Last year Grant Morrison and Dan Mora teamed up with BOOM Studios to tell the origin tale of Santa Claus. It was surprisingly good, and much more action packed than one would imagine. Basically a dark fantasy tale, Klaus was as much about action, adventure, and sword play as it was Yuletide gift giving. Klaus and The Witch of Winter is a follow up tale set hundreds of years in the future, or more aptly, in our era, and is just as much fun as last year's holiday themed miniseries.
Santa "Klaus," fresh from his decades long trip to the heart of the Moon, where he got involved in the Moontian's civil war (I can barely wait for Morrison to write that one down for us), gets involved in a plot where the Witch of Winter kidnaps a few kids on Christmas Eve in order to lure Klaus into a trap for her own nefarious purposes. Action, adventure, and appearances by a few other mythical characters ensue.
Only from the mind of Grant Morrison can we get a tale of Yuletime (as it's called in Klaus) adventure involving the most fit and ready for action Santa, this side of Brom's portrayal of the holiday hero. Morrison plays it surprisingly straight here though as compared to his usual independent (of the Big Two's) works. There's no evil extra dimensional archons lurking about, no trips on DMT, and no grand political thought experiments (his mention of global warming affecting the Winter Queen's domain-it's perceived as an attack on it by her-doesn't count. The science is pretty sound on this no matter what far right fake news sites-or the president elect-says). Klaus and The Witch of Winter is a solid, albeit slightly jumbled, fantasy tale that works well within the spirit of the Yuletide. Hundreds of years of Klaus' adventures and stories are glossed over and mentioned haphazardly throughout the tale, which, honestly, distracts some from the central narrative, even though they do drop tantalizingly interesting story ideas that just scream to be developed further.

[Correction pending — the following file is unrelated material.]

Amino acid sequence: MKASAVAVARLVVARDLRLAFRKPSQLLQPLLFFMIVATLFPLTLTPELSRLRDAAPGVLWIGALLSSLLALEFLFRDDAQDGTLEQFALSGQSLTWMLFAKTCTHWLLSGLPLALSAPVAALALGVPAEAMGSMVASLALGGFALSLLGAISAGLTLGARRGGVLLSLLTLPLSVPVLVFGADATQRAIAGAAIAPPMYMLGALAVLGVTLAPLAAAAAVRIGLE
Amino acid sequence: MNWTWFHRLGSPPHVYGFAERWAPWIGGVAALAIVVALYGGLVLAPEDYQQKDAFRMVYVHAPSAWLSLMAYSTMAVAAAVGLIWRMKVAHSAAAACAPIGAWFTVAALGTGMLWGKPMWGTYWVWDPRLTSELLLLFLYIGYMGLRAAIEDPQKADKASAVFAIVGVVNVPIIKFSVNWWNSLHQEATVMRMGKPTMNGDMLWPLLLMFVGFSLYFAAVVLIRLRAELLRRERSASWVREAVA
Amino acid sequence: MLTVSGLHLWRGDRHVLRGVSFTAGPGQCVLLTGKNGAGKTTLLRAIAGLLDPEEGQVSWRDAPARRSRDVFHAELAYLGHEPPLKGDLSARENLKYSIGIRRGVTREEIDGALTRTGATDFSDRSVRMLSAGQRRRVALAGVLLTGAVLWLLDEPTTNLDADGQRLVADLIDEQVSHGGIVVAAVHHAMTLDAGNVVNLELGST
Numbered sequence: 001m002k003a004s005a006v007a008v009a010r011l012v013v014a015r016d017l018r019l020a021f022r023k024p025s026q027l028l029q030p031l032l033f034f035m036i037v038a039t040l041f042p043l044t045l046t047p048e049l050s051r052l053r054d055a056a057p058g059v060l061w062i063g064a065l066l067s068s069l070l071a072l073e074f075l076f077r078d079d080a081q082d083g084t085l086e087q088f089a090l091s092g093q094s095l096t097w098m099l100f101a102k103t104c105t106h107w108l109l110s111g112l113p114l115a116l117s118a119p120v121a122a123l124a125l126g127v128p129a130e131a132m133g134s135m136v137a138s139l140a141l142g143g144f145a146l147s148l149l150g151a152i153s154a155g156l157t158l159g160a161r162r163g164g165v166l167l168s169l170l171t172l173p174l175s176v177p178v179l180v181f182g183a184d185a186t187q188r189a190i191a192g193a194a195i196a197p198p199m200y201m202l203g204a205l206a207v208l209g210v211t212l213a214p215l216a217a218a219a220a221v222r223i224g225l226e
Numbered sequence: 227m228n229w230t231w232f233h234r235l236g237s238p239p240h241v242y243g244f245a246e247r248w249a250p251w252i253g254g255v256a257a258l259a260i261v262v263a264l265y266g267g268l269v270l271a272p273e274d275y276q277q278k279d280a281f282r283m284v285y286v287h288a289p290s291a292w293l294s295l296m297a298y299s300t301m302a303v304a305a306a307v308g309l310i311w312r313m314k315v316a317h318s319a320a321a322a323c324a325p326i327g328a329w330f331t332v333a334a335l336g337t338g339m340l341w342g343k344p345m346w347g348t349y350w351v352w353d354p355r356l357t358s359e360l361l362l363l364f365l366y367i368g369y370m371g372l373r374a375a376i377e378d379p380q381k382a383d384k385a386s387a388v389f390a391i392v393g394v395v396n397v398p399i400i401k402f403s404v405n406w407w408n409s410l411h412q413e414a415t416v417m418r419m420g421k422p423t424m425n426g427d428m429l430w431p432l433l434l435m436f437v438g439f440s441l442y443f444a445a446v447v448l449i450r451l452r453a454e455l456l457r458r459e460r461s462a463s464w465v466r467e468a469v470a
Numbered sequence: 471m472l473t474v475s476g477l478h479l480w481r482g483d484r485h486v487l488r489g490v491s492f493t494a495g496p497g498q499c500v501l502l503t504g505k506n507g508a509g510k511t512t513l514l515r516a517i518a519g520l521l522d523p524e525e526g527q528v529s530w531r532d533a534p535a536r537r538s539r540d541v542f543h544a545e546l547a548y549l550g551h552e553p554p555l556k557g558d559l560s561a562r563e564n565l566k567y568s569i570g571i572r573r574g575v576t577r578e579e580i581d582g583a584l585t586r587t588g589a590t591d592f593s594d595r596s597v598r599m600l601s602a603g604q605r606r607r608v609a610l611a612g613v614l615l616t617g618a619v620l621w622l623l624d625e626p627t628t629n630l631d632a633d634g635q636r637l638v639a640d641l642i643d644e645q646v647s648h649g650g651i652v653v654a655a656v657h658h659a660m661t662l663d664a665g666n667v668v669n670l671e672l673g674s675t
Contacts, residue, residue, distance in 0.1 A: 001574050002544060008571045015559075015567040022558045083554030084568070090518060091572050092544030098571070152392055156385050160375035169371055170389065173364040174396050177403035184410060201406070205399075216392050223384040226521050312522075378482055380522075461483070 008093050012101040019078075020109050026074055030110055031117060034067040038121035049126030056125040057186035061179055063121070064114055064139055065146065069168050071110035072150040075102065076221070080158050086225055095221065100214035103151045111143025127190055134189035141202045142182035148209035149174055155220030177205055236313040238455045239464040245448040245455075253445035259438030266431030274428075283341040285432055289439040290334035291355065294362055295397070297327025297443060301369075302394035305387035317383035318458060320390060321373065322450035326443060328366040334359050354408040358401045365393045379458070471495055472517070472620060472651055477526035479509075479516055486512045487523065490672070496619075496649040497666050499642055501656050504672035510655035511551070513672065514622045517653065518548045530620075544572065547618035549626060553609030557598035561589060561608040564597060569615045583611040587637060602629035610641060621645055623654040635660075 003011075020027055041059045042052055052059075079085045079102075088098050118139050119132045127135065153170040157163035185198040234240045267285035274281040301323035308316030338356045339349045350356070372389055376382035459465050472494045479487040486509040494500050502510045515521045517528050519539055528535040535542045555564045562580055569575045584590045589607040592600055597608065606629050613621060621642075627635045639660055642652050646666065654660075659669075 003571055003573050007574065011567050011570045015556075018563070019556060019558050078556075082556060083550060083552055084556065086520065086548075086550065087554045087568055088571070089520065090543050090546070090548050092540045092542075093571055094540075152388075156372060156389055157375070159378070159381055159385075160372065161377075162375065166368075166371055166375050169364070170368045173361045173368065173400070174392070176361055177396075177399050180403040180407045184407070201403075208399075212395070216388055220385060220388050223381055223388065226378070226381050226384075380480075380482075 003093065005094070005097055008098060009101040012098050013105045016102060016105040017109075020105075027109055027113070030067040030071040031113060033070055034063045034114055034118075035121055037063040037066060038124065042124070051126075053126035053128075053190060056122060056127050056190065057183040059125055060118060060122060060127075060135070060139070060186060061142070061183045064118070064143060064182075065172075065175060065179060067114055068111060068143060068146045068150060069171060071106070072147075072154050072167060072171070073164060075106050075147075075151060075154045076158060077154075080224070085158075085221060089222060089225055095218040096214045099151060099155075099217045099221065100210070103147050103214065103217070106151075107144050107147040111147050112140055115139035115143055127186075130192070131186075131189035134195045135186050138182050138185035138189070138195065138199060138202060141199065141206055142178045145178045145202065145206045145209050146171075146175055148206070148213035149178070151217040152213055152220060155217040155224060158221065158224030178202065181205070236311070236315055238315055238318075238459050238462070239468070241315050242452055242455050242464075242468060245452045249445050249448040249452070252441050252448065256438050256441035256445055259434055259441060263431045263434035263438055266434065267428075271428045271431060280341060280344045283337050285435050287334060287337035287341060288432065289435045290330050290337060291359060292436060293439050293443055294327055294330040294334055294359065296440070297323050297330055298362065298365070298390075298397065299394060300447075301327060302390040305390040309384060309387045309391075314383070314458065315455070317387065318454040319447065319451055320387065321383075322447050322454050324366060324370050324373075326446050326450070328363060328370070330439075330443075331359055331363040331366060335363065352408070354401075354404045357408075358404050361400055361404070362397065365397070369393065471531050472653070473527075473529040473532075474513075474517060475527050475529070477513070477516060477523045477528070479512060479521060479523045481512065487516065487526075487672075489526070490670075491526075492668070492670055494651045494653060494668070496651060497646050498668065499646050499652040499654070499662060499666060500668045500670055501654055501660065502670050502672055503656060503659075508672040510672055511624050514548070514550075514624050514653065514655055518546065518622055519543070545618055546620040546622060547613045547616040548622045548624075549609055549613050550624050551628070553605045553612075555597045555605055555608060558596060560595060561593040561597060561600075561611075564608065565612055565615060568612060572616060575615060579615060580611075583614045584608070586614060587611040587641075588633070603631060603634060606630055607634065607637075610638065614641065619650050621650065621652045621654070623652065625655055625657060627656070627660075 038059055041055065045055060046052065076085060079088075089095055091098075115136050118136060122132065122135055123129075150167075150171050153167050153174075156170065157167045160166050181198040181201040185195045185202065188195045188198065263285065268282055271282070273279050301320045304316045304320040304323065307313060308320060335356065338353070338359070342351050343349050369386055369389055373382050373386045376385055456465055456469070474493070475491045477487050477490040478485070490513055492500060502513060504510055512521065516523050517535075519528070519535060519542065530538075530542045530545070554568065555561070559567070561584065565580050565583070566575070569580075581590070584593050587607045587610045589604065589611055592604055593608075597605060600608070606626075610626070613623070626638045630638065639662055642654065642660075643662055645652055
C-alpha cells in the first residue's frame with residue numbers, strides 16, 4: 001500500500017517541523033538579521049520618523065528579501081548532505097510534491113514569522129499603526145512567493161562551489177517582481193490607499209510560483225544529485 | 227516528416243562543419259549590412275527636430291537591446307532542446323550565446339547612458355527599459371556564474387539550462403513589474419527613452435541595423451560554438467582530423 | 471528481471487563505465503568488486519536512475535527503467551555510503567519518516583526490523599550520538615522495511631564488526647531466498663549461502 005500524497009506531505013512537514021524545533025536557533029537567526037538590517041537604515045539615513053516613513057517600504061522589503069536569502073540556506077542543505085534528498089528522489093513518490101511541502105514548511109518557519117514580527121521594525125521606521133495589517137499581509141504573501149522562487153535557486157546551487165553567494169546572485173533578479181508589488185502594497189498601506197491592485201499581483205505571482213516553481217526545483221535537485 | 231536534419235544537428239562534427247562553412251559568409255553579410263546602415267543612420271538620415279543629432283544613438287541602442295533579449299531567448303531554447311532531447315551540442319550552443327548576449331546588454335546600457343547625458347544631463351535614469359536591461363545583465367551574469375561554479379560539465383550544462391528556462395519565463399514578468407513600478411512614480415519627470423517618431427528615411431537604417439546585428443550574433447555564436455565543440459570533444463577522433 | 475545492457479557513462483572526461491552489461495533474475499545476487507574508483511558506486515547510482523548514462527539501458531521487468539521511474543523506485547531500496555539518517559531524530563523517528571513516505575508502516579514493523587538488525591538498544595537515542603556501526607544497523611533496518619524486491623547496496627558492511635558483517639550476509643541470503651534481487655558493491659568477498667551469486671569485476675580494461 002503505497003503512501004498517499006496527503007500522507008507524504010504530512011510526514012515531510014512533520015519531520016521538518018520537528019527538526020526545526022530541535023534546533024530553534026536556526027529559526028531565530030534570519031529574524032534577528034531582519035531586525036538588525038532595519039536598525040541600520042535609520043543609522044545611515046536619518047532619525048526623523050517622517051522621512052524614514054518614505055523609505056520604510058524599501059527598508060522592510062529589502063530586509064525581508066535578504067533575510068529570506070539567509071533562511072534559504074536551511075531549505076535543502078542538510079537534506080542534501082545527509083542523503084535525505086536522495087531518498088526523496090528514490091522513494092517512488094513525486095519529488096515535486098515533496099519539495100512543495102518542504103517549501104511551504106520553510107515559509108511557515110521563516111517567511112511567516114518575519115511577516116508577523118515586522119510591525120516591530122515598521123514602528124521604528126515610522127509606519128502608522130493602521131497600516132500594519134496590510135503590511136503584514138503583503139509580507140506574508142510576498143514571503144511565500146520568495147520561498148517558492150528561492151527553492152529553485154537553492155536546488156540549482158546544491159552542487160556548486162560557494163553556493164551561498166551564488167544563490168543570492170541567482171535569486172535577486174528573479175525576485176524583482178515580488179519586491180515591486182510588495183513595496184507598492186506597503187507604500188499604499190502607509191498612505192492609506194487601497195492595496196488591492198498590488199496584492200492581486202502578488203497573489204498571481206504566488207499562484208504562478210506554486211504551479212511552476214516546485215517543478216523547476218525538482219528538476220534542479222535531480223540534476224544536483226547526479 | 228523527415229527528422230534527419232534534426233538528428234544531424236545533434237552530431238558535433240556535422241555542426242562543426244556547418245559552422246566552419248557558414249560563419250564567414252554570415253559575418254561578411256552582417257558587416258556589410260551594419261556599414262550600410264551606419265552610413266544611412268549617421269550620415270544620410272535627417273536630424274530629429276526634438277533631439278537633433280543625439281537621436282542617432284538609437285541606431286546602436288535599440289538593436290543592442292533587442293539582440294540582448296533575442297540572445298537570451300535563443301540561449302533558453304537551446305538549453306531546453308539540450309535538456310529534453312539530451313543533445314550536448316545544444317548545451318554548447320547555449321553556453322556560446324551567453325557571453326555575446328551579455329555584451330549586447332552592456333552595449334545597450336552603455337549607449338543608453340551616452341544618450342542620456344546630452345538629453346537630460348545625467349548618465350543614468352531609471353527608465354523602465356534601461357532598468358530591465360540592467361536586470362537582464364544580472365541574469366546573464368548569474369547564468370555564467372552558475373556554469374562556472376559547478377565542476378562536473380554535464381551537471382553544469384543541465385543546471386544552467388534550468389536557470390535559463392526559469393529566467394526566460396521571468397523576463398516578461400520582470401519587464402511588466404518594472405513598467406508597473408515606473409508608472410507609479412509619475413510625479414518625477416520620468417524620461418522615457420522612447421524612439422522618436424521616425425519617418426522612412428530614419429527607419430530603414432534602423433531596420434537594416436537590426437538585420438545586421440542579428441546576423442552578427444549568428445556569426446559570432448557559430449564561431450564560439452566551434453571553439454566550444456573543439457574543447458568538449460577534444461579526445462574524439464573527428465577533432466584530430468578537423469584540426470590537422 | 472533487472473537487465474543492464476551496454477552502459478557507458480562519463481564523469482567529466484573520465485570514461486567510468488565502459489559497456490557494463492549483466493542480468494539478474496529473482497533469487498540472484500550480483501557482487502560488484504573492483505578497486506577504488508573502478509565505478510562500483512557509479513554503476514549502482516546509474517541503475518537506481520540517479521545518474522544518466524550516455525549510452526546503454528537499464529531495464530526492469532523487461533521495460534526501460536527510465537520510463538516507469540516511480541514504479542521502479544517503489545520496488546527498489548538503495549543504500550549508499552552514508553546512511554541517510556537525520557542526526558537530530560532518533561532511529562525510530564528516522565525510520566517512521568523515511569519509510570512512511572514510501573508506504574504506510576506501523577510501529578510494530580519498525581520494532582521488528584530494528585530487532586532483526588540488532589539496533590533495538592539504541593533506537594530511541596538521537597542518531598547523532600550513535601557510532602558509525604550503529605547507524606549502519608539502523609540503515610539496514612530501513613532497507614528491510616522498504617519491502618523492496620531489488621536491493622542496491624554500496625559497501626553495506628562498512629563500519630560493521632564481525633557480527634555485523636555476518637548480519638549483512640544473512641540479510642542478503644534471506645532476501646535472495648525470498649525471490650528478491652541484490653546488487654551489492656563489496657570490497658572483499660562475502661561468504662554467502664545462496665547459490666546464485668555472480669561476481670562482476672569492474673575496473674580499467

It's no secret that I love comic book stories that are about or set during the Christmas Season. They sort of go hand in hand for me. Tales of ghosts, heartwarming changes of heart, and magical nutcrackers jell perfectly with tales of dark fantasy and super heroes...when done right. Klaus and The Witch of Winter is done right. The paring of Morrison with Mora is picture perfect for this unique take on the Santa Klaus mythos. Mora captures the fantastic magical setting spectacularly by grounding it in realistic looking physical landscapes populated by mundane as well as fairy tale-like beings, all of which are beautiful and believable looking. Sometimes his facial expressions border on the over exaggerated, but it's a minor quibble when taking his overall work into account. Sharp, imaginative, and wonderfully kinetic, Mora is a master.
I love Christmas. I love comic books. When the two cross paths this time of year, it's a real treat. I only wish there were more fun tales like BOOM Studios' Klaus and The Witch of Winter each Christmastime.